As for longevity, I can't really speak to that, as it's the only bike that I've coddled and not let see too much road salt. Embarassed A few flakes on the fork coating, and the chrome wants a rub down with tin foil and vinegar every so often, is the damage so far.

I reckon you could use one all year round if you throw on a screen and some muffs. I'm not saying that I would, but stinkwheel abuses the hell out of his 350. I'd be emotionally prepared to kiss goodbye to the shiny if you're going to do it, but mechanically it shouldn't be an issue, especially an EFI.

Worst case, you'll get some stories out of it.
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Last edited by Rogerborg on 20:36 - 18 Aug 2017; edited 2 times in total
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The Shaggy D.A.
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PostPosted: 20:34 - 18 Aug 2017    Post subject: Reply with quote

I'm now on my 4th Enfield, 5th if you include the 350 I bought for my ex, and I would say no, if it were your only bike and you have to rely on it. It's part of the reason I had the YBR at the same time. I'd say yes, if you were prepared to actually keep on top of the maintenance, instead of paying it lip service. Maintenance is quick and easy, you just can't be lazy about it.

I've only had the EFI for two weeks, in which time I've done 350 miles - it's similar in performance and feel to the Electra (once it was sorted), but I can't comment on longevity and reliability yet. It's quite vibey at the moment, but all signs point to that calming down significantly by the time there's 1500+ miles under its belt. I intend to commute on it unless there's ice/snow/I'm stuck under a duvet, so we'll see how it fares this winter.

On the other hand, just go for it. YOLO, and all that.
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Bonnie Lad
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PostPosted: 20:38 - 18 Aug 2017    Post subject: Reply with quote

linuxyeti wrote:
My Enfieid Bullet 350, was very reliable, never let me down, and I even used it on a few motorway runs as well.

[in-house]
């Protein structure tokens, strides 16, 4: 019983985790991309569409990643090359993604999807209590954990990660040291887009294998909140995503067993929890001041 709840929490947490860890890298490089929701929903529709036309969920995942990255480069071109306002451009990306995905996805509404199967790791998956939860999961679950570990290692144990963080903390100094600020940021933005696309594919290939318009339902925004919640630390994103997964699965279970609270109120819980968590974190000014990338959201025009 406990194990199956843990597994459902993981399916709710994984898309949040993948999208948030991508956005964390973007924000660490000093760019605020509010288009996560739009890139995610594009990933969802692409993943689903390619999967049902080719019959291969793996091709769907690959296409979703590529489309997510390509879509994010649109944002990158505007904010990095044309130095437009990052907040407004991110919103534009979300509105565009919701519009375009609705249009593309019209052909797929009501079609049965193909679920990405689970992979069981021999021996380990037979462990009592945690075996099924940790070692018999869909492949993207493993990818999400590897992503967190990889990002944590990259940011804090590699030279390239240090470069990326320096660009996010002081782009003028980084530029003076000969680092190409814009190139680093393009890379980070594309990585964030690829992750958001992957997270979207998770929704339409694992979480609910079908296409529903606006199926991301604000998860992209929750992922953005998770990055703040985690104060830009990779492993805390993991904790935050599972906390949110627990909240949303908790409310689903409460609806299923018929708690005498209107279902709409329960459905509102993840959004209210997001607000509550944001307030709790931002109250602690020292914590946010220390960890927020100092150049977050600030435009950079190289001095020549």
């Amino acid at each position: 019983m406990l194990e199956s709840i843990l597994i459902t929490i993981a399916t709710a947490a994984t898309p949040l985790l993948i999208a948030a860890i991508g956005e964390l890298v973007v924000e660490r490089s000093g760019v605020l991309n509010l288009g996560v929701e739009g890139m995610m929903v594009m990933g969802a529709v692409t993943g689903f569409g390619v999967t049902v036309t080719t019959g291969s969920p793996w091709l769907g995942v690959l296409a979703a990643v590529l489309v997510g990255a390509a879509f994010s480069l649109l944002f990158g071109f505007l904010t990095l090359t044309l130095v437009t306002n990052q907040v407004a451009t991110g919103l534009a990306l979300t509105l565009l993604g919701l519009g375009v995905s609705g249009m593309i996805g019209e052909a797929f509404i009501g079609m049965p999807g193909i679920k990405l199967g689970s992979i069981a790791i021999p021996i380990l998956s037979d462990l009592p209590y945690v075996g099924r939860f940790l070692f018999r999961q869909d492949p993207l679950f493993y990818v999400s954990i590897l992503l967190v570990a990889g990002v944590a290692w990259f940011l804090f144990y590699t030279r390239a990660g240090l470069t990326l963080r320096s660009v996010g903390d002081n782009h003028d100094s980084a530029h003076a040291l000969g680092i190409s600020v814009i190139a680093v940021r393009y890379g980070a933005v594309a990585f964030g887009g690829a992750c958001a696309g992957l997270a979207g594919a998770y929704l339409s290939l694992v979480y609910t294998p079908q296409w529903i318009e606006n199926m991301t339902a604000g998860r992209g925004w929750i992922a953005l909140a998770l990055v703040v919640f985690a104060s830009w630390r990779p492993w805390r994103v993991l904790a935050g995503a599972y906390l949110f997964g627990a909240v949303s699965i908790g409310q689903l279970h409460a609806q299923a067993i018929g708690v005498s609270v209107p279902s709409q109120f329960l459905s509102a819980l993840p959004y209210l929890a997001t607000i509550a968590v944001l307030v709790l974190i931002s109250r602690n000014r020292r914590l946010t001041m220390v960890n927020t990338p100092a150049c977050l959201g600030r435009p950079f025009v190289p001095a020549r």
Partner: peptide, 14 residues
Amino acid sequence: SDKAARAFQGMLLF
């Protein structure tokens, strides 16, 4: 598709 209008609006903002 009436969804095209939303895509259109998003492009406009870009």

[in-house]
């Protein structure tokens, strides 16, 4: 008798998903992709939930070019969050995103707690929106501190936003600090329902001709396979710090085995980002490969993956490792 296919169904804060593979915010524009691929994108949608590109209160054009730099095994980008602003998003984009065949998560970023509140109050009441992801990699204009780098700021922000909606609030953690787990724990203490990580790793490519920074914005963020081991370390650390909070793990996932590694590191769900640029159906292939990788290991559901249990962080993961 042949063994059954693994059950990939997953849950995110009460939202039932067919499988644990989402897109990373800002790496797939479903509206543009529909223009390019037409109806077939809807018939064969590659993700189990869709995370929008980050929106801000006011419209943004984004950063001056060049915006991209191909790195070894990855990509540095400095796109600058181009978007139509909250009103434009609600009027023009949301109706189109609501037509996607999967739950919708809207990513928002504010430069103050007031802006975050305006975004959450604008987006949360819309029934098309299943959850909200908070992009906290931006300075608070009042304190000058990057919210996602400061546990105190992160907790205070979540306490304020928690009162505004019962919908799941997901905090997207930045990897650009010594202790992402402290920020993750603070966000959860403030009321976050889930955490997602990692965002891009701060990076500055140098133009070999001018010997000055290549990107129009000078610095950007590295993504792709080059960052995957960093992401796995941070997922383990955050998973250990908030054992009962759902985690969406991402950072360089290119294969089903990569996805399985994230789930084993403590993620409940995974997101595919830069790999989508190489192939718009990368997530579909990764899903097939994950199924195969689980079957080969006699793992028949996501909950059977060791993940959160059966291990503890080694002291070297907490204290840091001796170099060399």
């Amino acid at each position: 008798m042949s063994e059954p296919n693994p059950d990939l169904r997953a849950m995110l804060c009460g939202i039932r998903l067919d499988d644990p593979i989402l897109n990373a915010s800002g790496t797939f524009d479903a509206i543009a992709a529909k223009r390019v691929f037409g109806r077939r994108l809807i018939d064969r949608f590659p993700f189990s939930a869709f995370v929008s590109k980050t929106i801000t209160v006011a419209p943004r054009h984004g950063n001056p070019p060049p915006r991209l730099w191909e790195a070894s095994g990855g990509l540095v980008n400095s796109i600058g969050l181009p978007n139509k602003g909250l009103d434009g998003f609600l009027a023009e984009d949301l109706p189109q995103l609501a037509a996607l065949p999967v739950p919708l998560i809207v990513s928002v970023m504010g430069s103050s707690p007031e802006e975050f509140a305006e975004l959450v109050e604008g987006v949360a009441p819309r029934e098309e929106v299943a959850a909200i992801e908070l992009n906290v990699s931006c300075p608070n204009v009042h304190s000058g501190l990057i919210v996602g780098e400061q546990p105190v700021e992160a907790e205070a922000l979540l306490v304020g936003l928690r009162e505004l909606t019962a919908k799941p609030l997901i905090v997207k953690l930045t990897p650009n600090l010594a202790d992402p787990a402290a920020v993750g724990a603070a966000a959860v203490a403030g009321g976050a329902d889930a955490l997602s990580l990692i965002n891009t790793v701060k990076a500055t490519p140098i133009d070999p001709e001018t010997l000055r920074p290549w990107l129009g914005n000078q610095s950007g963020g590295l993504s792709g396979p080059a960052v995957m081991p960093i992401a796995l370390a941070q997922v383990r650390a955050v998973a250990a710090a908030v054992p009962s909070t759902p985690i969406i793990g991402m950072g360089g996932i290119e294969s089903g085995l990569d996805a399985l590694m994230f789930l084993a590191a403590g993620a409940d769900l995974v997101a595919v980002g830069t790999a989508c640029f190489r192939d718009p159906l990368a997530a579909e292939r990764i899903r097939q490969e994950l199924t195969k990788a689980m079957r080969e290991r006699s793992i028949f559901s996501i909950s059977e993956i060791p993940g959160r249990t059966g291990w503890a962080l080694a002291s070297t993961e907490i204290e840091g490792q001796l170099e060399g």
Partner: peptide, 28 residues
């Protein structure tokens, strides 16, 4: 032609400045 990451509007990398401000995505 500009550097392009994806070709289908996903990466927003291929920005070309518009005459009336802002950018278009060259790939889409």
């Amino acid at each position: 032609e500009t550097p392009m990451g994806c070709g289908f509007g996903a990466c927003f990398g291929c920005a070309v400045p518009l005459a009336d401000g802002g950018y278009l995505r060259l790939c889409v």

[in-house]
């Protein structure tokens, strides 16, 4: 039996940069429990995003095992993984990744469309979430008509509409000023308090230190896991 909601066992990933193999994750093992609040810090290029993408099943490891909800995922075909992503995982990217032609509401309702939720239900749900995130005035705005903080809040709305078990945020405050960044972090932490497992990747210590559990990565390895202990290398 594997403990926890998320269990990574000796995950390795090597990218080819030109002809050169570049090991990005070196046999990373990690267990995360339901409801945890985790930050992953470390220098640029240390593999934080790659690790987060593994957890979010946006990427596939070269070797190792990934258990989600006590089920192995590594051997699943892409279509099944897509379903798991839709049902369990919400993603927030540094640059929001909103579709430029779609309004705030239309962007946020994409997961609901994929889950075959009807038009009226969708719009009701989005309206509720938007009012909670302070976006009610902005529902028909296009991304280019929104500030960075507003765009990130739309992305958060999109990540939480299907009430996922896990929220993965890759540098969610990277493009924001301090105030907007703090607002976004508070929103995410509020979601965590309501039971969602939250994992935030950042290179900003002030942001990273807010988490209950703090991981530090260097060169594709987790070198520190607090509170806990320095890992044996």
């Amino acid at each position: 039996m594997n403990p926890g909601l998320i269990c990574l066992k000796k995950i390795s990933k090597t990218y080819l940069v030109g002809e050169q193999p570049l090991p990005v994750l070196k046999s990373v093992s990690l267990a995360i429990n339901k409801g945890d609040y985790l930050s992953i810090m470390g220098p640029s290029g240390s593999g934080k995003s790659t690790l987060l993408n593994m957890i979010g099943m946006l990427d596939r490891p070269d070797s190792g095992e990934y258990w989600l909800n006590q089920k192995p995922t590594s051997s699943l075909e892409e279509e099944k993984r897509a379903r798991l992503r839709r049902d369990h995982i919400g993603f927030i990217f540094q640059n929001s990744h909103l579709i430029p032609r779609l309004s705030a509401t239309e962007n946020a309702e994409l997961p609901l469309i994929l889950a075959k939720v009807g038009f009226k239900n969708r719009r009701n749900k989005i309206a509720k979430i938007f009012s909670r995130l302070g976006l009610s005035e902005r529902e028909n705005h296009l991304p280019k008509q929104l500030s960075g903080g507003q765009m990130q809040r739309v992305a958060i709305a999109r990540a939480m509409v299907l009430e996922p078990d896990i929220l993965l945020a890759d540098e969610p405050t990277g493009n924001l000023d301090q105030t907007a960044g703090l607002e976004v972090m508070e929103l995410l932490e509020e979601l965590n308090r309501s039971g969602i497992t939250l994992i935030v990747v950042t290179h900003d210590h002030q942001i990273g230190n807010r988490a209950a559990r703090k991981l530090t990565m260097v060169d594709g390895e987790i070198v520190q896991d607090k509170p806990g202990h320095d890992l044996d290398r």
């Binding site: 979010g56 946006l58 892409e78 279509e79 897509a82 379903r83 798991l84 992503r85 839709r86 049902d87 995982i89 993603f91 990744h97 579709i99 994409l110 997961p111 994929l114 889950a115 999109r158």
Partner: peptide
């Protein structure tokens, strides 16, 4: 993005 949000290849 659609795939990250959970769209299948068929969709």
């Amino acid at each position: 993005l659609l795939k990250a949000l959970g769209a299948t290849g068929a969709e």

I can still me being very tempted to get another in the future. Now, wouldn't it be cool, if they could somehow replicate it's character, but with an electric motor Smile


They could replace the motor with a block of cheese and you'd still be on here telling us how reliable and amazing handling it is
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Polarbear
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PostPosted: 21:11 - 18 Aug 2017    Post subject: Reply with quote

Bonnie Lad wrote:
linuxyeti wrote:
My Enfieid Bullet 350, was very reliable, never let me down, and I even used it on a few motorway runs as well.

I can still me being very tempted to get another in the future. Now, wouldn't it be cool, if they could somehow replicate it's character, but with an electric motor Smile


They could replace the motor with a block of cheese and you'd still be on here telling us how reliable and amazing handling it is


Laughing The Chinese do, and he does!!! Wink
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linuxyeti
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PostPosted: 21:12 - 18 Aug 2017    Post subject: Reply with quote

Bonnie Lad wrote:

They could replace the motor with a block of cheese and you'd still be on here telling us how reliable and amazing handling it is


... but but it's not chinese ? Laughing Laughing Laughing

Strangely enough, pretty much any bike will be reliable, if you maintain it properly...

As I've before, of the bikes I've owned, the Diversion, was awful, performance wise & reliability wise was the biggest disappointment, closely followed by the America, again, with this it was corrosion, and the fact it kept cutting out randomly when slowing down coming off motorway slip roads, and roundabouts on quickish roads , oh, and not forgetting the time I had fix the loom, and I had this from new !!

Best of the bikes I've owned, are VTX1300, Enfield, Mash & CF650TR. I'm also quite enjoying my ST7 as well Smile

I am now actively watching the Zero SR, and once the range is up to comfortably handling my 120 mile commute, via motorways or A5, without requiring a recharge, then that, or something similar is on my list of bikes to buy.
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alex965
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PostPosted: 21:37 - 18 Aug 2017    Post subject: Reply with quote

...I'm really tempted to go full 'yolo' and seek out a carbed model now. Ooops.

I know they're the kind of bike you have to 'look after' more than a 'modern' machine.

But, and I'm guessing this is a 'how long is a piece of string' question, but with the carbed model, doing about 200-300 miles a week - would an hour or two every Saturday be the kind of maintenance that would stand a good chance of keeping it healthy?

I'm guessing there's lots of info online with regards to what preventative maintenance to do and when to do it.

I've also heard they are a lot easier to work on than modern machines?

Thanks all.
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Mawsley
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PostPosted: 22:18 - 18 Aug 2017    Post subject: Re: Enfield Bullet EFI as an all-year-round commuter? bad id Reply with quote

alex965 wrote:
I'm no longer a student and I have a half-decent job


And that's as good as it gets, right kids?

https://i.guim.co.uk/img/static/sys-images/Arts/Arts_/Pictures/2013/7/10/1373479105677/Ben-Elton-010.jpg?w=300&q=55&auto=format&usm=12&fit=max&s=af428ef8315637056b2f147120acab95